A news service for the people of Michigan from the Mackinac Center for Public Policy

Average price of electricity, Michigan vs. the country (click to enlarge)

A new bill would lift Michigan's cap on electric market choice.

Proponents of the bill say the current cap prevents most of Michigan customers from using competition to lower their electric rates, which are the highest in the region and well above the national average.

House Bill 5184 is sponsored by Rep. Mike Shirkey, R-Clarklake.

The state's current electric competition cap was established in 2008 when Public Act 295, the "Clean, Renewable and Efficient Energy Act," was signed into law. Under the act, Michigan's two largest electric utilities, Consumers Energy and Detroit Edition, were returned to a quasi-monopolistic status. It did this by restricting (or capping) the level of competition to 10 percent of the market.

The bill also mandated at least 10 percent of the state's energy come from renewable sources by the year 2015.

Backers of House Bill 5184 point out that there are roughly 11,000 Michigan electric customers on the waiting list to choose an alternative electric power provider. If these electric power customers were all able to exercise their choice, and did so, the electric providers competing with Consumers Energy and DTE would be selling to 20 percent of the current market.

"I believe many aspects of the 2008 energy legislation have been successful, but it is obvious that the attempt to have a hybrid energy choice policy, referred to as a cap, has completely failed to provide a competitive energy market," Rep. Shirkey said. "I don't know why anyone would be opposed to having this debate and this legislation should establish a good framework for that debate. In my opinion, my bill provides a sensible solution that would provide market based competition in Michigan."

Consumers and DTE oppose the legislation. Steven Transeth of the Michigan Jobs Energy Coalition responded on their behalf.

"Quite frankly, the bill is too simplistic, leaves too many questions unanswered, and puts thousands of residents at risk of even receiving basic electric service," Transeth said. "The bill is limited to providing open retail access based on a mistaken belief that a competitive market will ensure our electricity remains affordable and reliable. History has taught us a different story. Deregulation has proven to be a risky policy resulting in volatile rates that jeopardizes our ability to ensure sufficient generation in the years to come.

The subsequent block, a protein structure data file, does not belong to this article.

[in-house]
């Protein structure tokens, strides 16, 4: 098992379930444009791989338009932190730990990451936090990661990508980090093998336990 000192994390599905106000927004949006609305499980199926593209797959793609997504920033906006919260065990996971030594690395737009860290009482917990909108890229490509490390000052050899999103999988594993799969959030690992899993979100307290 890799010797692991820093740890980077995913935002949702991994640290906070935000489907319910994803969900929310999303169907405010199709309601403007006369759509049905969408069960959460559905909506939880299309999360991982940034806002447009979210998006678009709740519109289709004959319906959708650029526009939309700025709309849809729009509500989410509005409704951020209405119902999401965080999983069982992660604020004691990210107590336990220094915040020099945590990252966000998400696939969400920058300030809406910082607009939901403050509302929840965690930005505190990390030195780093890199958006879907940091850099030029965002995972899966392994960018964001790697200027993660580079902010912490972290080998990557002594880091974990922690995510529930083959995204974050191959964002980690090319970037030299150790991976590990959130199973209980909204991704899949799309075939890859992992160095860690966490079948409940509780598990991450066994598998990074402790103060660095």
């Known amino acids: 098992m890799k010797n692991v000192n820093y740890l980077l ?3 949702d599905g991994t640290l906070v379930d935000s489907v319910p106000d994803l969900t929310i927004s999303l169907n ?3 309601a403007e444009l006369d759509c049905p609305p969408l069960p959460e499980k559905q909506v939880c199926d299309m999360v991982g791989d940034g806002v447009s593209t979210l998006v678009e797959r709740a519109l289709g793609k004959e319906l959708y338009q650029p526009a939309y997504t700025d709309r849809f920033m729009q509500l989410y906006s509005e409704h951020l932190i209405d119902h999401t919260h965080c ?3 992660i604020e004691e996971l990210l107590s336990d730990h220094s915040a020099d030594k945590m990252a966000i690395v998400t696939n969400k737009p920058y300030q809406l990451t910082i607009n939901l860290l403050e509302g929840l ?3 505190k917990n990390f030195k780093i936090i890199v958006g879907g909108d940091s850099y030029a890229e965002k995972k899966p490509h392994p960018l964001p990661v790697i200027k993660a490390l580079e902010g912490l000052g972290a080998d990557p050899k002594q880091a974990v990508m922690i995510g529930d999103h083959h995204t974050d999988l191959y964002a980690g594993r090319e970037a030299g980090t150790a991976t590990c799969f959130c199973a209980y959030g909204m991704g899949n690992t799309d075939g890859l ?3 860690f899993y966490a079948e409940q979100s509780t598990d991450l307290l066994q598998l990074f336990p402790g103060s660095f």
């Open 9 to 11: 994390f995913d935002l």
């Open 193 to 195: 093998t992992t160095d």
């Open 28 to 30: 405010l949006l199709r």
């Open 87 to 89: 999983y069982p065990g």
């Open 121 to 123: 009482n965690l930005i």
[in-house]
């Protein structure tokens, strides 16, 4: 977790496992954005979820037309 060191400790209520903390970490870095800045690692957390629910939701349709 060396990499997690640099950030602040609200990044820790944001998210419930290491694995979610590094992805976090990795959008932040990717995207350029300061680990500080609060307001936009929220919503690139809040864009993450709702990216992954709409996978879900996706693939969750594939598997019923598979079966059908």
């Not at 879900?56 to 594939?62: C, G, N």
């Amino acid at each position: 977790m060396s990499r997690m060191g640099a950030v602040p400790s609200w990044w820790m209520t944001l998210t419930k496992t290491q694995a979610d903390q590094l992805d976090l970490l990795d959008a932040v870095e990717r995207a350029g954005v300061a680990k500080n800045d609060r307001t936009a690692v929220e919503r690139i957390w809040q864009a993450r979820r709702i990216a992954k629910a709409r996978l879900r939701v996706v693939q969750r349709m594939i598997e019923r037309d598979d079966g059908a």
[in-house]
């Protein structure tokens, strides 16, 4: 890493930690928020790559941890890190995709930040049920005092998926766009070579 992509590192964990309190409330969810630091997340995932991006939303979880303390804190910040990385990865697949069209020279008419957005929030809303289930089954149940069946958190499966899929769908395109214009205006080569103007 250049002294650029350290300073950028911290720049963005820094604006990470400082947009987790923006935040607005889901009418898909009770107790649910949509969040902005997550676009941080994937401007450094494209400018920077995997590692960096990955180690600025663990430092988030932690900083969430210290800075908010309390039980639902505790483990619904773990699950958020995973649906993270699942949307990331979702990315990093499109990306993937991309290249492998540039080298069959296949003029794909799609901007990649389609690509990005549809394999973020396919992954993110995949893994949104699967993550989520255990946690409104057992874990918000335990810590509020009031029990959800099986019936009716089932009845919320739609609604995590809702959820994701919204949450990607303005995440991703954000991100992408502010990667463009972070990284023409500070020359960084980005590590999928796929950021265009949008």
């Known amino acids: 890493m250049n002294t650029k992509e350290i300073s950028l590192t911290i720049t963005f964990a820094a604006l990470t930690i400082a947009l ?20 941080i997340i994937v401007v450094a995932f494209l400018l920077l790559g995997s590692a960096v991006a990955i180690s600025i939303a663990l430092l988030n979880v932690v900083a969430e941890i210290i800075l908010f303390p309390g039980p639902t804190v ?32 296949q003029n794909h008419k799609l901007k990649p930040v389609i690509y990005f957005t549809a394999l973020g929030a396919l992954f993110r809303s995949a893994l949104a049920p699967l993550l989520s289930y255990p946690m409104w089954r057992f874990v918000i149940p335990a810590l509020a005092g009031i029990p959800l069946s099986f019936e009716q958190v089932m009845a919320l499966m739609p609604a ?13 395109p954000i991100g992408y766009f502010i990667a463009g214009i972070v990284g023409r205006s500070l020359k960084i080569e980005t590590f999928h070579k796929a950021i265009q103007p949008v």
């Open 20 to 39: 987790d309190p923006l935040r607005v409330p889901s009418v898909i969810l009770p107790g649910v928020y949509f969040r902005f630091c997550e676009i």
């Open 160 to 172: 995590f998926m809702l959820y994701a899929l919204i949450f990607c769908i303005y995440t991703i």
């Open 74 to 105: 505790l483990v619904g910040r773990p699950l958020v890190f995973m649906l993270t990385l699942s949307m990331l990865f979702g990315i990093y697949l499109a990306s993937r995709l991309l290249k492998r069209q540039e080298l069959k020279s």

"There are too many unintended consequences of deregulation and we should not repeat the mistakes that have been made in other states across the country," Transeth continued. "For example, Arizona recently examined the issue and decided deregulation didn't make sense. Montana recently reversed its experiment with deregulation, with local newspapers calling it a 'debacle.' New York is considering re-regulating their electric markets. In Texas, the constant threat of rolling blackouts and brownouts has been traced to deficiencies in capacity and is considering public built and run generation facilities. New Jersey and Maryland had to resort to state-sponsored, guaranteed contracts in order to incentivize the building of new generation. And in Illinois, a protracted deregulation process lasted 10 years and led to more regulation to ensure sufficient capacity."

Previous Michigan legislation began opening up the energy market in 2000, which caused the state's average electricity rates to fall below the national average within a few years, said Ted Bolema, a senior policy editor with the Mercatus Center at George Mason University in Virginia and a member of the Mackinac Center for Public Poilcy's Board of Scholars. 

"After the cap and other restrictions on competition were imposed in 2008, rates increased much faster than the national average, and by the end of 2012, rates in Michigan were about 18 percent above the national average and 23 percent above the regional average," Bolema wrote in a Michigan Capitol Confidential article in October.

In addition to lifting the cap on completion in the electric market, House Bill 5184 would require the Michigan Public Service Commission to manage a divestiture process under which the large electric utilities would submit plans to either sell or move their generation assets into a related but unregulated affiliate. This would separate electricity generation from distribution.

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See also:

With Competition Diminished, Michigan Citizens Paying High Price For Electricity

St. Lawrence University economist Steven Horwitz discusses how the minimum wage was used to block immigrants from taking scarce jobs during the depression era. See more at "Raising the Minimum Wage, Lowering Opportunity."


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